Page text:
Published on Sustainable Cities

In Thessaloniki, waterfront revitalization is key for the city’s growth

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Waterfront revitalization Photo Credit: Deloitte

In Thessaloniki, a promenade along the Aegean Sea is dotted with fountains, sculptures, grassy parks, and the iconic “Umbrellas” art installation of the late Greek sculptor George Zongolopoulos. This is the city’s New Waterfront. Opened in 2013, it is part of a major long-term revitalization project to create vibrant thematic destinations along the city’s entire 8.5 km waterfront, combining leisure and sports activities with commerce – whilst linking it with parks, green areas, bikeways and pedestrian paths.

Photo credit: Deloitte

It’s a big task. But done right, the city will become more livable for residents, more productive for businesses, and more attractive for visitors.

Photo credit: Deloitte

This is why the city government has been working with the World Bank Group and a consulting firm on preparing a strategic investment and development plan to revitalize the waterfront – and to rally the support of residents and private companies.

Building infrastructure

In the Old Waterfront, where Thessaloniki got its start some 2,300 years ago, pathways are planned to reduce traffic and encourage livelier street life in this commercial and historical center.

At the southern end of the waterfront, a modern hub for music, cultural, athletic, and leisure activities is planned.

Behind the port, a new downtown is in the blueprints. The port, the country’s second-largest, was privatized in 2018, pushing up demand for services and jobs, making it a prime spot for business and housing. It’s only blocks away from downtown and close to road and rail networks. A new center is planned for the zone, combining commerce with the arts, sports, leisure, and housing. A new Holocaust Museum is under construction, and a cultural and recreation destination is planned on Pier 1, home to the State Museum of Contemporary Art.


A sustainable city

All of this is part of a wider plan — the 2030 Strategy Framework — to make the city more sustainable and inclusive, including by improving mobility, fostering the talent and well-being of its residents, strengthening the economy, and rediscovering the city’s relationship with the sea through a cleanup of the Thermaikos Bay.

Thessaloniki launched the 2030 Strategy in 2017, a couple years after becoming part of 100 Resilient Cities (100RC), an initiative sponsored by The Rockefeller Foundation. Through 100RC, Thessaloniki has leveraged partnerships and funding from a global network of cities also seeking to be better prepared for natural disasters and to increase their social and economic resilience.

The efforts are needed. The world’s urban population surpassed 50% in 2017, up from a third in 1960, according to the World Bank Group, and is expected to reach 68% in 2050, as per the United Nations’ forecast.

City leaders must move quickly to prepare for this growth so they can provide the services, infrastructure, and affordable housing that their expanding populations will need — and the lower-impact sustainability that people are demanding in the face of a changing climate. Like Thessaloniki, they would be wise to consider financing tools that harness the power of the private sector and real estate demand, such as through impact fees, or when a property owner receives a building permit in exchange for covering some of the cost of public infrastructure benefiting a defined geographic area. This helps to involve the private sector in the success of the revitalization project — and the city’s progress and resilience.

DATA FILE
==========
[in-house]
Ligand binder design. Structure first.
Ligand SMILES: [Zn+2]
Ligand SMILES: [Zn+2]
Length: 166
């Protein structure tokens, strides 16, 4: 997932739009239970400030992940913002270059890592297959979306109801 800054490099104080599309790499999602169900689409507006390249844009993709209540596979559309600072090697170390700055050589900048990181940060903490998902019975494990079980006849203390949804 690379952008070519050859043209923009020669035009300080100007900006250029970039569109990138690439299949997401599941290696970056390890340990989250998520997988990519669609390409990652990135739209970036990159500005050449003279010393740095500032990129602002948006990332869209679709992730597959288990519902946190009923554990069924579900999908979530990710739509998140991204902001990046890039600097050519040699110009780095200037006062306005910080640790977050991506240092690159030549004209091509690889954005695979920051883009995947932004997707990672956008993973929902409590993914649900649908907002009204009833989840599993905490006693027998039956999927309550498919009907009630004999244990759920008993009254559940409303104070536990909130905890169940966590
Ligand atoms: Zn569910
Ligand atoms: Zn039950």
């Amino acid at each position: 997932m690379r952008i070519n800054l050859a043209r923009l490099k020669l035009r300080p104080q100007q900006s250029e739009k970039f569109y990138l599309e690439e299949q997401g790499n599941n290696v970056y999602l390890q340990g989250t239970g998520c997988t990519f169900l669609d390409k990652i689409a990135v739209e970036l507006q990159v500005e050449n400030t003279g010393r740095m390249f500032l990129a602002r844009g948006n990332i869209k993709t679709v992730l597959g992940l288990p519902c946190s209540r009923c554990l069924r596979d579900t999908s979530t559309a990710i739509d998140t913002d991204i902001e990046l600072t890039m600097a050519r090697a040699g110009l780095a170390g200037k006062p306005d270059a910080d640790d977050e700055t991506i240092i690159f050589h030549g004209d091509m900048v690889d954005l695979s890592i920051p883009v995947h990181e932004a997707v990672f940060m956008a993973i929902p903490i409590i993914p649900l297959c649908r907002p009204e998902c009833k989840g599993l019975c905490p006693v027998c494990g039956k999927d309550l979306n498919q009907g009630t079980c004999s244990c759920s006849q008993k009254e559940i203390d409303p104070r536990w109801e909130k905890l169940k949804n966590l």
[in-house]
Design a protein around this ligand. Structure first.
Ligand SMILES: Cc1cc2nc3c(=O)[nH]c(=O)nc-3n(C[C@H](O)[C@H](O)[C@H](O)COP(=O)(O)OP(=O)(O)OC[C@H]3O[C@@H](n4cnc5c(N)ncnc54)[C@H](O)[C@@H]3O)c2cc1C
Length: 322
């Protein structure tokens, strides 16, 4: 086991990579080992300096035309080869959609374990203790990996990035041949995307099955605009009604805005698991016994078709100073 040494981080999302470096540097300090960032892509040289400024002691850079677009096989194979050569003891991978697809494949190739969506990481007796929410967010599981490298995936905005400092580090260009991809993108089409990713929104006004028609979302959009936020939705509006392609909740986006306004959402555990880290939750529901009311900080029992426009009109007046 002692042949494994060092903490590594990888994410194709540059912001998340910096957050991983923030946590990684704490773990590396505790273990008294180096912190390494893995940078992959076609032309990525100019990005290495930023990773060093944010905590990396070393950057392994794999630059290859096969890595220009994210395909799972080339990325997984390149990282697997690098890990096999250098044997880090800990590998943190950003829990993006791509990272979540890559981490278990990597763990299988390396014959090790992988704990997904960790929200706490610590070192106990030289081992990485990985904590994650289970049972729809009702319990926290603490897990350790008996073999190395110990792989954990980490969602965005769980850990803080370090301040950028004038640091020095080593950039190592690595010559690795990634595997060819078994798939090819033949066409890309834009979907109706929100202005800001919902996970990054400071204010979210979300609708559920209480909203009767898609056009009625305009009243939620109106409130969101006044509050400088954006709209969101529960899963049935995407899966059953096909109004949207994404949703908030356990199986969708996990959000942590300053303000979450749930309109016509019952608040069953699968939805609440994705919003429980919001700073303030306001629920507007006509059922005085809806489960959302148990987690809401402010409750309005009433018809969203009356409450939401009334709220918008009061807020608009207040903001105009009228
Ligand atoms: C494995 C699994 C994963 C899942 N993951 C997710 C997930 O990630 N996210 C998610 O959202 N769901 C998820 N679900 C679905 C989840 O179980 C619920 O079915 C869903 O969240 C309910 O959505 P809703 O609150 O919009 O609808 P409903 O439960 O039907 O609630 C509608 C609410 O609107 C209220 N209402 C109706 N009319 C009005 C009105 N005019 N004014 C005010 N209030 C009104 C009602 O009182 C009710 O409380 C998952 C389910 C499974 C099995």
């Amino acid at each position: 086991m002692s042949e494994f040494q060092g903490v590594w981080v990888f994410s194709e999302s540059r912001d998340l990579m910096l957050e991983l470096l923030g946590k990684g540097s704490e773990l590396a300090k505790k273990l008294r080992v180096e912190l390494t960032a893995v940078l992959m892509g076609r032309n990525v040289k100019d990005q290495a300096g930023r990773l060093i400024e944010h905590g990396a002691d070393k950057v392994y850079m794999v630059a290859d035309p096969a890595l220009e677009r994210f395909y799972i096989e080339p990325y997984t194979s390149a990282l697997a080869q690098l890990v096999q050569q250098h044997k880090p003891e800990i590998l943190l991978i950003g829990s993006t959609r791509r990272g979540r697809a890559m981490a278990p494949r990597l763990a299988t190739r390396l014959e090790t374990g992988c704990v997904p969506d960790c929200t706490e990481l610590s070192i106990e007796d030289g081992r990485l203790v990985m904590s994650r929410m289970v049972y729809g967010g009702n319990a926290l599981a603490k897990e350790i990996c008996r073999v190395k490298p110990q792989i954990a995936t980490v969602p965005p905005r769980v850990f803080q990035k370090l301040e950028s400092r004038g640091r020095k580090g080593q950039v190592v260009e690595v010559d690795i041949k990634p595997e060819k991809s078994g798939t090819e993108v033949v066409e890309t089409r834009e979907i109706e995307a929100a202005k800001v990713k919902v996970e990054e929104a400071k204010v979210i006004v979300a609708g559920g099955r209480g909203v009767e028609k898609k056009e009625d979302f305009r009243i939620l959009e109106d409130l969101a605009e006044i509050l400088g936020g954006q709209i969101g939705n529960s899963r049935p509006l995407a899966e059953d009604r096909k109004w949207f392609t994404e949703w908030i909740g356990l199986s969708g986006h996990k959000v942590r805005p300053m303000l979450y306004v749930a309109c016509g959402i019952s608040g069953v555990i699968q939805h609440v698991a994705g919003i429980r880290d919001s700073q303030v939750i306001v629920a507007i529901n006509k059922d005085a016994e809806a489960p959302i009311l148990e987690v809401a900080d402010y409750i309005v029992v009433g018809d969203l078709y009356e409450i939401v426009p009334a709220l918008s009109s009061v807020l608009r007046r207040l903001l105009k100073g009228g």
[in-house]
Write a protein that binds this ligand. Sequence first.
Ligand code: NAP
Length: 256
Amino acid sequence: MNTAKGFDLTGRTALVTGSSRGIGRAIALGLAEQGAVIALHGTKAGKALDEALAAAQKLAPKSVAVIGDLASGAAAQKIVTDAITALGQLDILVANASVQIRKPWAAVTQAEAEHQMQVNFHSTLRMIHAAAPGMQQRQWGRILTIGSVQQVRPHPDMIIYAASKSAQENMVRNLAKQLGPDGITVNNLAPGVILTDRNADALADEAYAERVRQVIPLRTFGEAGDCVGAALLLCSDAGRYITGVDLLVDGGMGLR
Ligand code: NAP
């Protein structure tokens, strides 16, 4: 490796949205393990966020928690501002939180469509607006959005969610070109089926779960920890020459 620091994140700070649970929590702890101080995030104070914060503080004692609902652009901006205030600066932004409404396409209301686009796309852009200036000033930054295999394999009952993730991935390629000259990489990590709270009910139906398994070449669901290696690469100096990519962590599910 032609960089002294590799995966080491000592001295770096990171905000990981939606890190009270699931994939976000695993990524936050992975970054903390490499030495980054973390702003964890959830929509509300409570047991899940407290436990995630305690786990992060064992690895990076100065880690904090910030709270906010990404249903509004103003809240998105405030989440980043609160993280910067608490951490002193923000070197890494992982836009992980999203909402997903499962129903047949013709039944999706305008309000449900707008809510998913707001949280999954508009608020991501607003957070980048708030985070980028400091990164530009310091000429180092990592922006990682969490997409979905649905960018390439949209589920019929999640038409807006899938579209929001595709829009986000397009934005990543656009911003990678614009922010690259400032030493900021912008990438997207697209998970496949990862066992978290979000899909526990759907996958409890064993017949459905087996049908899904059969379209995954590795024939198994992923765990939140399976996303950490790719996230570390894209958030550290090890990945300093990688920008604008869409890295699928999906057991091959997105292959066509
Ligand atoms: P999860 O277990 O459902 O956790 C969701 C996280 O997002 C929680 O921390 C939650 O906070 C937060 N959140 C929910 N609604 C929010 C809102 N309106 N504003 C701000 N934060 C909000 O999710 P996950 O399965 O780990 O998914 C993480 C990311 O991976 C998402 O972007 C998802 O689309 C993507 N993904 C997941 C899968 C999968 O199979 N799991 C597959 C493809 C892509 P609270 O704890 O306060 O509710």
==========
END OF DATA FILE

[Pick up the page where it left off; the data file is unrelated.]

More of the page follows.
Thessaloniki’s strategy provides a roadmap for cities to make revitalization projects happen, from concept to implementation and financing , including by establishing the clear regulations that will encourage private companies to invest and also help communities to trust that the public goals will be achieved. This can make cities cleaner, greener, safer, and more efficient, keys to attracting companies, talent, and educators to improve economic potential and the overall quality of life.

It won’t be cheap. The world’s cities need $90 trillion in infrastructure investment through 2030, according the New Climate Economy, a project of the Global Commission on the Economy and Climate.

But it is imperative. The Inter-American Development Bank (IDB) said in a recent report that the growth of the urban population means cities will need “modern, efficient, and reliable infrastructure." If the development is not done adequately, “cities could soon become the largest concentration of unsustainable and inequitable human activities across the globe,” the IDB warned.

With such a daunting challenge, it is better to invest now like Thessaloniki.

Charles Newbery contributed to this blog post.



Valerie-Joy Santos

Senior Urban Specialist, Social, Urban, Rural, Resilience (SURR) Global Practice

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